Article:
K-Bio heading for the exits
The author is a professor of economics at Chung-Ang University.
Korea’s pharmaceutical industry made big strides over the past decade after it was singled out as one of our weakest sectors during negotiations for a free trade agreement with the United States. Exports of Korean drugs topped 1 trillion won ($888 million) for the first time in 2016, and were up sixfold in 2017 compared with 2007. The annual J.P. Morgan Healthcare Conference, which brings together powerful drug and biotech companies, invited 26 Korean names to this year’s meeting in San Francisco in January. Celltrion and Samsung BioLogics were seated among the main panel guests, and seven, including Hanmi Pharmaceutical, Kolon Pharmaceuticals and Medytox, all presented at the podium.
Despite the overseas recognition, the Korean industry has hit a bottleneck at home due to anti-corporate sentiment and regulation. Government regulations are the biggest stumbling block. Though conditional approval for cell therapy was granted three years ago, no product has been cleared for marketing. The global demand for stem cell applications has been expanding by a whopping annual 25 percent after the first clinical trial was launched to treat Parkinson’s disease with reprogrammed stem cells. In December, the Japanese government gave the go-ahead for the commercial stem cell-based treatment of spinal injuries for the first time.
Yet Korea, which used to hit milestone breakthroughs in stem cell discoveries, is stalled in the face of drug and clinical regulations. Korean researchers have succeeded in recycling fat extracts from liposuction surgery for cosmetic or medical treatment, but cannot make headway due to regulations against commercialization.
Direct-to-consumer (DTC) genetic tests, which enable consumers to collect samples at home for laboratory examination, are restricted to 46 categories in 12 medical areas, such as blood pressure, cholesterol and hair loss. The DTC testing for more severe illnesses, such as cancer or dementia, are prohibited. There are no limits in the United States, Europe, China and Vietnam. As a result, many companies with excellent diagnostic kits and technologies, including Medizen Humancare, are going abroad.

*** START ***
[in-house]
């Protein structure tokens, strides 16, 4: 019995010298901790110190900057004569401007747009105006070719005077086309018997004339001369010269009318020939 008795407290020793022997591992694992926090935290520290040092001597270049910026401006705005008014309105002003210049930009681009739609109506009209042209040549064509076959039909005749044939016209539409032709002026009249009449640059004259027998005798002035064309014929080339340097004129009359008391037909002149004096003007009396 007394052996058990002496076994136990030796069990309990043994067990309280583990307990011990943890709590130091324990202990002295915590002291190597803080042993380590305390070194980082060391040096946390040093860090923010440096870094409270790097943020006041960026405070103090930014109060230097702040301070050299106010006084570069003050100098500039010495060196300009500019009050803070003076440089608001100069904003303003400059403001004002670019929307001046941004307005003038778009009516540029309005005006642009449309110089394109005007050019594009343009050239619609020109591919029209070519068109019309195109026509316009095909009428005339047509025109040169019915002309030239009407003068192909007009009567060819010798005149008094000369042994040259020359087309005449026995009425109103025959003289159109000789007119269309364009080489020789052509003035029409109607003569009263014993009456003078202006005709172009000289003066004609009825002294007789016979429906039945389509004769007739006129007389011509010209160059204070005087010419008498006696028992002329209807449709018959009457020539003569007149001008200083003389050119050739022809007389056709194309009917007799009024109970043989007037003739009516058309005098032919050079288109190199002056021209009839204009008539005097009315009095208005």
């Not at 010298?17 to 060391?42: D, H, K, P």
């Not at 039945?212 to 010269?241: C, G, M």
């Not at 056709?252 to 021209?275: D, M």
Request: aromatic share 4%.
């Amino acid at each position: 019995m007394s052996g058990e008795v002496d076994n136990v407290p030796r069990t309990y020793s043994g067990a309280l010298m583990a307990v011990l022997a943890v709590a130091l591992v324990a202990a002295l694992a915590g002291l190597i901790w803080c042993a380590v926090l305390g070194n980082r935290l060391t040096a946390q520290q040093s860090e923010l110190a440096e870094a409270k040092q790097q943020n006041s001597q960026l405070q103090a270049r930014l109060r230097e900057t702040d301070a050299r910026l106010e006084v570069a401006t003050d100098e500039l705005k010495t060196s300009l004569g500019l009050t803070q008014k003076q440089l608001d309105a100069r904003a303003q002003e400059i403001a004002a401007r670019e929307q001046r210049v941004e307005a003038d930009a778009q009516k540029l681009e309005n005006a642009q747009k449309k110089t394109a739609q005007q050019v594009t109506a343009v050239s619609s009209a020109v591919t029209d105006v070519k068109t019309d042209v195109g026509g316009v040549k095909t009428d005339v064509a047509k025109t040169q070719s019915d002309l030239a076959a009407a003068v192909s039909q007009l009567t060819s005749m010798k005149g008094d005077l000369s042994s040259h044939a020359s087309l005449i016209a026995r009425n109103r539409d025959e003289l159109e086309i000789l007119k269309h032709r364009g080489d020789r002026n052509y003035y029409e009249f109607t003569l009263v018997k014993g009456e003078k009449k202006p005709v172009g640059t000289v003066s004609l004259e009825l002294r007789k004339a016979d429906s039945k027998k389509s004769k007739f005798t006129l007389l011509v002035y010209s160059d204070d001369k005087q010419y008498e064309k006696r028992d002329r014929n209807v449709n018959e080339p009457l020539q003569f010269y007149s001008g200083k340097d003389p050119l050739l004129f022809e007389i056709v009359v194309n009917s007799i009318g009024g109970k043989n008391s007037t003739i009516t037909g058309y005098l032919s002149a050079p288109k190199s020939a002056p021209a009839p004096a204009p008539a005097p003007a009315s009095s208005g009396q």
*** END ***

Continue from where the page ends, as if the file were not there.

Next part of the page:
Under the “Made in China 2025” initiative, Beijing will invest a maximum 10 trillion yuan ($1.5 trillion) by 2020 to groom bio and medical companies. Since mid-2016, application procedures for novel drugs and clinical tests have been simplified.
The liberalization has attracted Korean bioengineering manufacturers. Daewoong plans to ramp up capacity for its botulinum toxin product by more than ninefold by manufacturing in China. Samsung Bioepis has decided to hand over its marketing licensing rights on some of its biosimilar drugs to China’s 3S Bio. Celltrion, which has gained approval to begin clinical trials on Remsima (biosimilar infliximab), is expected to build a factory in China with the latter’s Tasly Pharmaceutical.
Korea, a latecomer in the transition to the digital age, has leapfrogged to the front through aggressive investments. The drug segment is undergoing a major shift from chemical to bio produces. The industry has the momentum to ascend to first-mover status in the sector, which has long been dominated by foreign names. It would be foolish to miss the opportunity because of regulations and sentiment.
Korean rising stars are already losing their competitiveness in the bio sector. In the 2018 competitiveness scoreboard for the bio industry published by Scientific American, Korea ranked 26th among 54 countries. In 2009, it was 15th.
The government must move quickly to change the system by removing the barriers. While the United States, the European Union and Japan regulate bio drugs separately from traditional medicines, bio products fall under the uniform pharmaceutical law in Korea. Korea, with a population of over 50 million, takes up a mere 2 percent of the novel drug market, whereas Belgium, with a population of 11 million, contributes 5 percent. The difference is in deregulation.
How the fourth industrial revolution will change the world is unknown. But one thing is sure: Korea won’t be able to keep up as long as it is chained to the conventional regulations. Overlapping regulations must go, and the regulatory sandboxes must quickly be expanded.
The government must do everything to keep valuable companies on home turf to enable them to go on creating jobs for Koreans.
Translation by the Korea JoongAng Daily staff.
JoongAng Ilbo, March 5, Page 29